The Kanza people had settled the area because of the mineral springs and abundant fish and game when, in 1812, two French fur traders, the Chouteau brothers, made their way from St. Louis and temporally settled in the area that would eventually become Bonner Springs, starting a trading post named “Four Houses”. The location allowed easy access to trade items, and a ferry to cross the Kansas River was added. With a date of 1812, it is reputed to be the first commercial center and permanent settlement in Kansas. In 1830, Henry Tiblow, a Delaware Indian, took charge of the ferry. Tiblow was a Delaware Indian who worked as an interpreter for the government. He lived in a small cabin on the west side of the city.
The location became known as “Tiblow Settlement”, and the ferry continued working for years. John McDanield, or “Red John” due to hair color, is known as the founder of Bonner Springs – as we know it today. As the owner of a vast majority of land that is now Bonner Springs, McDaniel named the town “Tiblow”, after his friend Henry.
Several of the springs in the area were analysed for their mineral content, and the results indicated benefits that would attract visitors. The Bonner Springs Improvement Club, in 1907, created a promotional brochure touting the city as the “Kansas Karlsbad” and listing the contents of five springs near Lake of the Woods: Big Chief, Little Chief, Papoose, Old Squaw and Minnehaha. They listed “grains per gallon” of things like potassium sulphate, carbonate of iron, and chloride of sodium for each.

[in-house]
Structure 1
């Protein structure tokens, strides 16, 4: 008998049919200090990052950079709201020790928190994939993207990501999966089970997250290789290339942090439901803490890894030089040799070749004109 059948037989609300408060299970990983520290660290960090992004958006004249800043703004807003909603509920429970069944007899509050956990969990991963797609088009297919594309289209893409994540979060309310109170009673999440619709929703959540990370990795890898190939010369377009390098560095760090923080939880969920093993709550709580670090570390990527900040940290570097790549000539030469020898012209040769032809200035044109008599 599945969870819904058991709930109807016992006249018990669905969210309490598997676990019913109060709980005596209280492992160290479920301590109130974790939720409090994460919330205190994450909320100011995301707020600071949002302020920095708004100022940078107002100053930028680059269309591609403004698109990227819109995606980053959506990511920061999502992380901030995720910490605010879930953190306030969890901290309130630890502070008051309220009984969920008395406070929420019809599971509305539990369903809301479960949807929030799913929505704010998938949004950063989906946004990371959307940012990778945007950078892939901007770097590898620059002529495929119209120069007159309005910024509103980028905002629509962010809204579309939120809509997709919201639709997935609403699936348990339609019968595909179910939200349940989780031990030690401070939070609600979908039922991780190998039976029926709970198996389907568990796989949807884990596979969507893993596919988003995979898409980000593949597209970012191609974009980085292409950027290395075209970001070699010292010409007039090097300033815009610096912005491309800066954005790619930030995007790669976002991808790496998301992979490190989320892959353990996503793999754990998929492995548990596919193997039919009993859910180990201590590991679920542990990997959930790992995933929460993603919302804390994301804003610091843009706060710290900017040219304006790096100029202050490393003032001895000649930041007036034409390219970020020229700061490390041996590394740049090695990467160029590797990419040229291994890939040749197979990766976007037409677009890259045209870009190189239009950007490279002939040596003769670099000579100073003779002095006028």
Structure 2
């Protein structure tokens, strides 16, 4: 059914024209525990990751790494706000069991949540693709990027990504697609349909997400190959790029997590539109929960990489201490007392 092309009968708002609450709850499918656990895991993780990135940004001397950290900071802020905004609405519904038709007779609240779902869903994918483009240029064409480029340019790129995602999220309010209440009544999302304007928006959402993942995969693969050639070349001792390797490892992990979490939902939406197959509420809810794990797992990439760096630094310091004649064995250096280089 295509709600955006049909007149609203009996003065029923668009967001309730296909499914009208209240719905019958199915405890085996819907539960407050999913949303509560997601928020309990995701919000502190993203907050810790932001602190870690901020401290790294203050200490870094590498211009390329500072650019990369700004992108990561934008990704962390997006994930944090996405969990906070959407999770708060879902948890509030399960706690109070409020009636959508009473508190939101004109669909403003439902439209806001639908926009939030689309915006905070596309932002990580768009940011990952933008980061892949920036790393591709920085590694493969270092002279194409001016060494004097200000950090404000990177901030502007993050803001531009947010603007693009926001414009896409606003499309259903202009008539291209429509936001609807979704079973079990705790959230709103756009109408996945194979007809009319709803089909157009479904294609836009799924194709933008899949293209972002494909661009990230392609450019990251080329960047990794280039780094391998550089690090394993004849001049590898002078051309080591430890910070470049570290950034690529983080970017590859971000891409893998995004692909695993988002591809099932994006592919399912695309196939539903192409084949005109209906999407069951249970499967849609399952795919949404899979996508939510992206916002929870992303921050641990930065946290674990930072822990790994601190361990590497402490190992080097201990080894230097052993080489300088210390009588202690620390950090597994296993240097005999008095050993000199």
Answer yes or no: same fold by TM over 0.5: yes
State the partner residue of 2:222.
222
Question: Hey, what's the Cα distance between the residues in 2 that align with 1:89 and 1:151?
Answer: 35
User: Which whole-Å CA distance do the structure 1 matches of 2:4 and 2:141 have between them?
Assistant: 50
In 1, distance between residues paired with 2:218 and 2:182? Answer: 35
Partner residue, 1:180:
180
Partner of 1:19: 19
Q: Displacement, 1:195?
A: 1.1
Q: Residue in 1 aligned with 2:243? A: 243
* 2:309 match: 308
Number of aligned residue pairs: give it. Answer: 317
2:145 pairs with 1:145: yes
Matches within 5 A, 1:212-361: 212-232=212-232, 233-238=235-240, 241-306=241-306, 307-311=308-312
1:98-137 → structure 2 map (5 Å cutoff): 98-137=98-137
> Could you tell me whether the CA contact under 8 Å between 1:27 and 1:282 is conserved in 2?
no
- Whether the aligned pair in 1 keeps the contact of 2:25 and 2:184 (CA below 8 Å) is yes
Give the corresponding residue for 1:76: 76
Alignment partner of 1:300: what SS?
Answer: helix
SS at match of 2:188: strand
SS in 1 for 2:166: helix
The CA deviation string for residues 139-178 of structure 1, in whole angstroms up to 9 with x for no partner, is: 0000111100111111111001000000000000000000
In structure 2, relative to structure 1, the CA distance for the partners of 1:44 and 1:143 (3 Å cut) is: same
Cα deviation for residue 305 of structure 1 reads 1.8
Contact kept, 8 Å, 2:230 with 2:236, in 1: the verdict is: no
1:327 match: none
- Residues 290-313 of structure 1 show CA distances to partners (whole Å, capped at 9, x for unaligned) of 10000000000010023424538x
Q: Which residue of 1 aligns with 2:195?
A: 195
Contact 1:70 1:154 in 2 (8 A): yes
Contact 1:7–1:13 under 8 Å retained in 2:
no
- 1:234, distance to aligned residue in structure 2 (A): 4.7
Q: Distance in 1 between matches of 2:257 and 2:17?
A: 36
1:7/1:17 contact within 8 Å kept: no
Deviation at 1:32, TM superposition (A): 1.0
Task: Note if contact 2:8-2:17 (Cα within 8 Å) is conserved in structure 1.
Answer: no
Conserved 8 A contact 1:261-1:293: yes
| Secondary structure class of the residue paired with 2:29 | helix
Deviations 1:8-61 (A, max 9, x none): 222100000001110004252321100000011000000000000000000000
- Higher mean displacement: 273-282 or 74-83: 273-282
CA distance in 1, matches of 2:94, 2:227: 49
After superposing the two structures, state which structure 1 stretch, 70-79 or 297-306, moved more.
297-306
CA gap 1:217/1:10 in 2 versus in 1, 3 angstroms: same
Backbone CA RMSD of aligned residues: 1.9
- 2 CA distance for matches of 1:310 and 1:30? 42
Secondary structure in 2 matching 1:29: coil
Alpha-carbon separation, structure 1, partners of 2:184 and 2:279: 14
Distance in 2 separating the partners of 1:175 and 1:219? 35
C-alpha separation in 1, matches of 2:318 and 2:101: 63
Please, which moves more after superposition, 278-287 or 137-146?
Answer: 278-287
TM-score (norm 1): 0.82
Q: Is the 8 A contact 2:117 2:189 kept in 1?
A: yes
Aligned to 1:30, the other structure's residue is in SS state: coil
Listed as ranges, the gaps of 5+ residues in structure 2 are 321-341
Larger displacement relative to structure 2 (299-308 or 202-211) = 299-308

Big Chief was noted to be “splendid water for anemics, supplying the necessary properties for good red blood and driving out the dead and impure corpuscles.”
Old Squaw was reportedly so named because “the old women of Indian tribes once living in Kansas found relief from their intense dyspepsia caused by their heavy meat diet and little or no exercise.”
To promote the springs, a special train brought investors to the area and cited its proximity to Kansas City, the springs themselves, the fine parks and native trees, the site of a racetrack, and the beautiful residential sites as advantages that would assure the success of the mineral spring venture. In 1885, Philo Clark purchased 300 acres (120 ha) from McDanield, with plans to capitalize on the mineral springs, then changed the name of the town to “Bonner Springs”. The latter portion of the name comes from a mineral spring in the area said to have medicinal qualities. The town was named after Robert E. Bonner, a publisher of the New York Ledger, who was a trotting-horse breeder of note, and Clark believed would help fund the proposed racetrack. However, there is no record this occurred.
Bonner Springs continued to be prosperous, with a growing population and new businesses. In 1908, a fire caused over $70,000 – over $350,000 in today’s dollars – worth of damage and destroyed between 19 and 21 local businesses. There were no water mains at the time, even though the city council had debated the issue for some time.
Many locals came to the rescue, forming a water bucket chain to help put out the fire, while they waited for a fire truck from Kansas City to arrive. An investigation indicated that materials behind Kelly & Pettit’s Drug Store had caught on fire, and the winds carried the flames, making the fire difficult to control. Residents of Bonner Springs undertook thousands of dollars worth of repairs.